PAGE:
Are more PG-13 type words creeping into Middle Grade books? I believe so. Except for the big F-bomb, I’ve seen just about ever other swear word in stories for 8-13 year-olds the past year. Is this something we should have concern over or is it a who cares?

Authors have several options when a cuss word pops up in their writing. The original method to insert a few punctuation marks (!?#!*!) is not too popular.

A second strategy is one used often in MG. A main character will say someone cussed or I’m thinking of a bad word. Another more interesting and often funny route is to disguise the inappropriate word with another less feared word (DEAD END IN NORVELT by Jack Gantos comes to mind—”Oh-cheeze-us-crust!”). We know what the real word is without seeing the actual word. There’s even a web site listing at least a hundred more like:

Oh Snap!

Bull Spit!

Son of a Biscuit!

Freaking Crazy!

The final writing strategy is to use the cuss word as is. Kids on the cusp of leaving their childhood will most likely have heard the so-called bad words, and some will begin to use them in their thoughts or with friends. Saying a zinger around teachers or parents is usually avoided. Authors who use the word in print feel their writing should mimic what occurs in real life with preteens so they include them.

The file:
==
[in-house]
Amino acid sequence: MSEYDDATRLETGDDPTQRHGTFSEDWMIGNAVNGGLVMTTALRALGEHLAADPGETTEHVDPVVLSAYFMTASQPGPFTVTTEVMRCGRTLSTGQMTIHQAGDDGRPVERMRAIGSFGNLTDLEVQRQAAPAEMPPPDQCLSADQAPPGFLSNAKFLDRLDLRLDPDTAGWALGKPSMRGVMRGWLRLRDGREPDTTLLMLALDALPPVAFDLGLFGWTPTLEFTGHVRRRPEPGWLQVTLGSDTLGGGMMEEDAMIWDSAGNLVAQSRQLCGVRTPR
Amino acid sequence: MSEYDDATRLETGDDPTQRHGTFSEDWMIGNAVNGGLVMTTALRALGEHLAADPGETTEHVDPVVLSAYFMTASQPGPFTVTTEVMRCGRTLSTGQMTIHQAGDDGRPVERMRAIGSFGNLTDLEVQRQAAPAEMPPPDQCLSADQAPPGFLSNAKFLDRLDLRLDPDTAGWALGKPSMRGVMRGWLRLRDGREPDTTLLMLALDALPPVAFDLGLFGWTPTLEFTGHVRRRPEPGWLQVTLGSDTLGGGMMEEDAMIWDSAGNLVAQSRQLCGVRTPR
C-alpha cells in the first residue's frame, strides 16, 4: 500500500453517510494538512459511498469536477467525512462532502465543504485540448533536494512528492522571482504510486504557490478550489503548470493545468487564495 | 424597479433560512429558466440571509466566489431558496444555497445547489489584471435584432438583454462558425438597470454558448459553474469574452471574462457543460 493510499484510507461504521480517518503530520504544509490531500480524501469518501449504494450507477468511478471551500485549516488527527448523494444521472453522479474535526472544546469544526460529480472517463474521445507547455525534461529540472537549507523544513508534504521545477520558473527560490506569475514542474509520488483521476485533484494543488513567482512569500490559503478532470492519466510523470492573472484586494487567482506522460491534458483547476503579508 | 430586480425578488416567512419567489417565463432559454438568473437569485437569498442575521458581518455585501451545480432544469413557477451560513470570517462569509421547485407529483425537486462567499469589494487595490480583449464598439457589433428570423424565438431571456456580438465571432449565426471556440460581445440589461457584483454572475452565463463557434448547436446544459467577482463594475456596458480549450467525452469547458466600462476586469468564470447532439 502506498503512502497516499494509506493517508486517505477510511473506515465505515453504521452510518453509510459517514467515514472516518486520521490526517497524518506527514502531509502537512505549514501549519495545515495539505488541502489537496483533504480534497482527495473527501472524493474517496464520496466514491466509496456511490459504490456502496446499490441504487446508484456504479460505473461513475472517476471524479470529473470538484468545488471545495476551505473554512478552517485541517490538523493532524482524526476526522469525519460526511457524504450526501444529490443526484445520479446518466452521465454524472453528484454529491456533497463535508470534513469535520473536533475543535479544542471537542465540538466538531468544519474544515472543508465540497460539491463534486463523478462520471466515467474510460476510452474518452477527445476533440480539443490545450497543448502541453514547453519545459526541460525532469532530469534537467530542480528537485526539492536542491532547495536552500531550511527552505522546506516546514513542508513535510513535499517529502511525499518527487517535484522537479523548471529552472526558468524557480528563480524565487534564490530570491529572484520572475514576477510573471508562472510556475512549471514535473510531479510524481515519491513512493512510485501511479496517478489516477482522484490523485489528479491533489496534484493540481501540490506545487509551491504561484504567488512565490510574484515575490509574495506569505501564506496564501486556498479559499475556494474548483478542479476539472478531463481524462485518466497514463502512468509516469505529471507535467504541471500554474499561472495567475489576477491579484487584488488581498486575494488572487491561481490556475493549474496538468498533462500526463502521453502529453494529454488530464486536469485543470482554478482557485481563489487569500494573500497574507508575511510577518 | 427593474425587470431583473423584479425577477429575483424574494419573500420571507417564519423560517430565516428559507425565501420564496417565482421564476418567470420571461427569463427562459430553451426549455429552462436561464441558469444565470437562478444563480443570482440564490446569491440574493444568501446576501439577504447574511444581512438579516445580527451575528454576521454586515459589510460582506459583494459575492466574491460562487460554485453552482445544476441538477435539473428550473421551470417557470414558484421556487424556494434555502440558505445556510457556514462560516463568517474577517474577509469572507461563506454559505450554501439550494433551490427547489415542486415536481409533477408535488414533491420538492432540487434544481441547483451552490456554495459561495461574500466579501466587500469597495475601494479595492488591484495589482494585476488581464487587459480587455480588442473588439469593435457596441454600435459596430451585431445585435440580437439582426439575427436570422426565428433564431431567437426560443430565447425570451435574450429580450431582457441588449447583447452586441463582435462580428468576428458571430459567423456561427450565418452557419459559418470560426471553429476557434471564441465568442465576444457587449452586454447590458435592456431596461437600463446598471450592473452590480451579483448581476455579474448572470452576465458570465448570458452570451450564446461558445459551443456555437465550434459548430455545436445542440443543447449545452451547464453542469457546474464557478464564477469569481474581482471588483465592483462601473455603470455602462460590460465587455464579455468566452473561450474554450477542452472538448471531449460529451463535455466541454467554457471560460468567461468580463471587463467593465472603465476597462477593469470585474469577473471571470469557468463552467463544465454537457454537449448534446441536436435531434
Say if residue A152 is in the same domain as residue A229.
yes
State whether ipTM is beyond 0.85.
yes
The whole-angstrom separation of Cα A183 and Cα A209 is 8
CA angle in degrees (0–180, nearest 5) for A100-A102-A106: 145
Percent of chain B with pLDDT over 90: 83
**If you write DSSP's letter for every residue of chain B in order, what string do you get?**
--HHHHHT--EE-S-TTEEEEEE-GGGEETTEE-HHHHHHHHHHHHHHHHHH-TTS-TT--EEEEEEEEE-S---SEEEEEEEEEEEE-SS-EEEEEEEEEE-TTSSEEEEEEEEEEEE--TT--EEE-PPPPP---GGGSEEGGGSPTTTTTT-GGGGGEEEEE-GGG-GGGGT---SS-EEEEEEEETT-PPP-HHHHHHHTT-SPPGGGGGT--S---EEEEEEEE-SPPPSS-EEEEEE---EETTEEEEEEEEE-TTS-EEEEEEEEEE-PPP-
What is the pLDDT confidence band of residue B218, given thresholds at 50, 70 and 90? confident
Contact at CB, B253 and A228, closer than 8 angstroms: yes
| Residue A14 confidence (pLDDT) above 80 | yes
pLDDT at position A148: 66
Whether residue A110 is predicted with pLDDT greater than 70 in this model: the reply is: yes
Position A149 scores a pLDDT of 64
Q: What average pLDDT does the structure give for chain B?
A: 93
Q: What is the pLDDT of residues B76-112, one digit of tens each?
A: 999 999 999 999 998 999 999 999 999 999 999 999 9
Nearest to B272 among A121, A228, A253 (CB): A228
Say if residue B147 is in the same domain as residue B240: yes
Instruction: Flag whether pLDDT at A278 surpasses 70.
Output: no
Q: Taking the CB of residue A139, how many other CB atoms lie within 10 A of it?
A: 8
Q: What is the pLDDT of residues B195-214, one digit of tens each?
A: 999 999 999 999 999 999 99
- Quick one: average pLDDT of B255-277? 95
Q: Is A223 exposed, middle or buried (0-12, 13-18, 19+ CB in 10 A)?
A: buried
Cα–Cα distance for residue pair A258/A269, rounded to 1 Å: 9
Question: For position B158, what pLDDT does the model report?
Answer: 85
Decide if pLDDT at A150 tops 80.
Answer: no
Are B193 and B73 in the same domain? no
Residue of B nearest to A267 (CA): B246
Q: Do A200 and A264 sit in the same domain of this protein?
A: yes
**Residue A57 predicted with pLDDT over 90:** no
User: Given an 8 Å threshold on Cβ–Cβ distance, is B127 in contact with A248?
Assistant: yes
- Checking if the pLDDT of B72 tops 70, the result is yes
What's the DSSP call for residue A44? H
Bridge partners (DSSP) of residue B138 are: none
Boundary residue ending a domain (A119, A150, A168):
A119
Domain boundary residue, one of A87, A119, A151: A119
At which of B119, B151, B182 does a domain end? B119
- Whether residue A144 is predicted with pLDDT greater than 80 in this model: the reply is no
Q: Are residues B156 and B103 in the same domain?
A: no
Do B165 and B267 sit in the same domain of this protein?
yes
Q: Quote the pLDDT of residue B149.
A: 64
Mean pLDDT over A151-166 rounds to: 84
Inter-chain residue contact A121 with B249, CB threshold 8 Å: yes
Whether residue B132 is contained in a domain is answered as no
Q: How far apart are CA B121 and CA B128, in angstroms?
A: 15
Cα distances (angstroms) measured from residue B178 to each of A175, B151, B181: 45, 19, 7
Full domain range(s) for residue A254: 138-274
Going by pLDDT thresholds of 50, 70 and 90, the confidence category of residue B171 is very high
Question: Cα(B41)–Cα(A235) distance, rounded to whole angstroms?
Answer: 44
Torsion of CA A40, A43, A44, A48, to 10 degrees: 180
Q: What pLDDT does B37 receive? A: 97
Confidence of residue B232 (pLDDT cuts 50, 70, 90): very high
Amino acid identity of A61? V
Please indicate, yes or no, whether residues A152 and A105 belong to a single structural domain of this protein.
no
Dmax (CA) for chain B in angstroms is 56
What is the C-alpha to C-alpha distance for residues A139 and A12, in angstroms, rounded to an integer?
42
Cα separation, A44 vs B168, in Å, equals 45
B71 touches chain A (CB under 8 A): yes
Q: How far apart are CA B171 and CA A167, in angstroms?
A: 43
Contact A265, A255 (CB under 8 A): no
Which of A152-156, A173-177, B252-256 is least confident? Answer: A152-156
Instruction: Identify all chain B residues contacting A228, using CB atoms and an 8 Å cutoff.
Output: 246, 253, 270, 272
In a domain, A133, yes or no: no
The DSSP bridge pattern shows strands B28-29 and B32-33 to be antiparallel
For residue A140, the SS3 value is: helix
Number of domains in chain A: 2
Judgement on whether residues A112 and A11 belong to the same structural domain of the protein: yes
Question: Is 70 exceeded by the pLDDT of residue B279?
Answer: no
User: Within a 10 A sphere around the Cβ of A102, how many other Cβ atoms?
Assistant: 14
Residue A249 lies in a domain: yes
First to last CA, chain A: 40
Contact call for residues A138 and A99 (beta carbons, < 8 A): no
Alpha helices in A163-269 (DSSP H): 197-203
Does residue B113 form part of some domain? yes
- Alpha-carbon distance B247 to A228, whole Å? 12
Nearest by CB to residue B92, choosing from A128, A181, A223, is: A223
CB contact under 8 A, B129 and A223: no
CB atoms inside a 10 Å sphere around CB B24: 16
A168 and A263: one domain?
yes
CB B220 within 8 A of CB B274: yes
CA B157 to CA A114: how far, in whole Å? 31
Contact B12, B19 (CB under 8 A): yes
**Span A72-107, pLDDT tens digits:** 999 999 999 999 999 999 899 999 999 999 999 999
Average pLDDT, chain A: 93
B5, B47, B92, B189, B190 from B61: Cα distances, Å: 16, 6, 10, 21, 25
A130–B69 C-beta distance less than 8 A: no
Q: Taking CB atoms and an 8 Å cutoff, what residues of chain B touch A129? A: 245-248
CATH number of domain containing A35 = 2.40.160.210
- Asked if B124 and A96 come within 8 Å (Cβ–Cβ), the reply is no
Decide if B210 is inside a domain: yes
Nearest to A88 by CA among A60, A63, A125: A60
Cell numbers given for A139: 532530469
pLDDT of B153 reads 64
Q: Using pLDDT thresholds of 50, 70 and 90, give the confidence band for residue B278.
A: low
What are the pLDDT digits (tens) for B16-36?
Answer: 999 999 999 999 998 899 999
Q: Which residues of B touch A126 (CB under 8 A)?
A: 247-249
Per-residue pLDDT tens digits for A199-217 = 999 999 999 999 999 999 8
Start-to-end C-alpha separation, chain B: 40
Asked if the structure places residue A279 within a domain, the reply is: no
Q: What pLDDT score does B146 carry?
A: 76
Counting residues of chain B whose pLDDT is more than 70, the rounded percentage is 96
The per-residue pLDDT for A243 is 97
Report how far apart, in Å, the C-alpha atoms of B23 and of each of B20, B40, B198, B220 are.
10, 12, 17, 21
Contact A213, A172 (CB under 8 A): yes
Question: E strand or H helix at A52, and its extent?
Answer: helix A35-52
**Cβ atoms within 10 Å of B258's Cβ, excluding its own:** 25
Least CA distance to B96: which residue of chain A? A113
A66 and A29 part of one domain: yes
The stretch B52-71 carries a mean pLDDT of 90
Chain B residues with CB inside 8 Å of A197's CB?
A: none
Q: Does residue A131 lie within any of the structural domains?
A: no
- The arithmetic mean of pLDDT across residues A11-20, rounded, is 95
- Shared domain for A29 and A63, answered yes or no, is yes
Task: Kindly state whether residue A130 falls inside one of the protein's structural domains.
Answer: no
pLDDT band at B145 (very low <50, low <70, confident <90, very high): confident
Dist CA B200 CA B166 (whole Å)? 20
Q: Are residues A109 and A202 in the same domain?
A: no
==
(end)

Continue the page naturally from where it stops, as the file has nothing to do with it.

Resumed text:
I’m sure this could be a massive debate as to the direction swear words should have in MG literature.

Instead, let me dive into SNOW LANE where 10-year-old Annie uses cuss words in her thoughts and sometimes out loud with her friends. Damn, hell and crap are her favorites, though she sneaks in a few stronger ones. It’s not excessive, maybe a dozen occurrences. A Catholic upbringing has her assigning Hail Mary penance after using an offensive word.

I don’t want this sidelight to overshadow what the story is about: a heartbreaking tale of being the youngest of nine children. It’s 1985 and not much happens in the first half  of the book except you learn about each of the sisters and one brother. There are only tidbits of information about the parents. Annie is also dyslexic and has a trusted friend at school with the endearing, Jordan.

The secrets Annie and the rest of her family keep inside Snow Lane surface through events in the second half. The realities are handled in an appropriate way and would be fully understandable to middle graders. I wanted the story to continue but also felt fine with an ending that was more of a new beginning.



Fifth grader Annie is just like every other girl in her small suburban town. Except she’s starting to realize that she isn’t.

Annie is the youngest of nine children. Instead of being condemned to the bottom of the pecking order, she wants to carve out place for herself in the world. But it’s hard to find your destiny when the only thing you’re good at is being cheerful. Annie is learning that it’s difficult to be Annie, period, and not just because her clothes are worn-out hand-me-downs, and she suffers from a crippling case of dyslexia, but also because there are secrets in her life no one in her family is willing to face.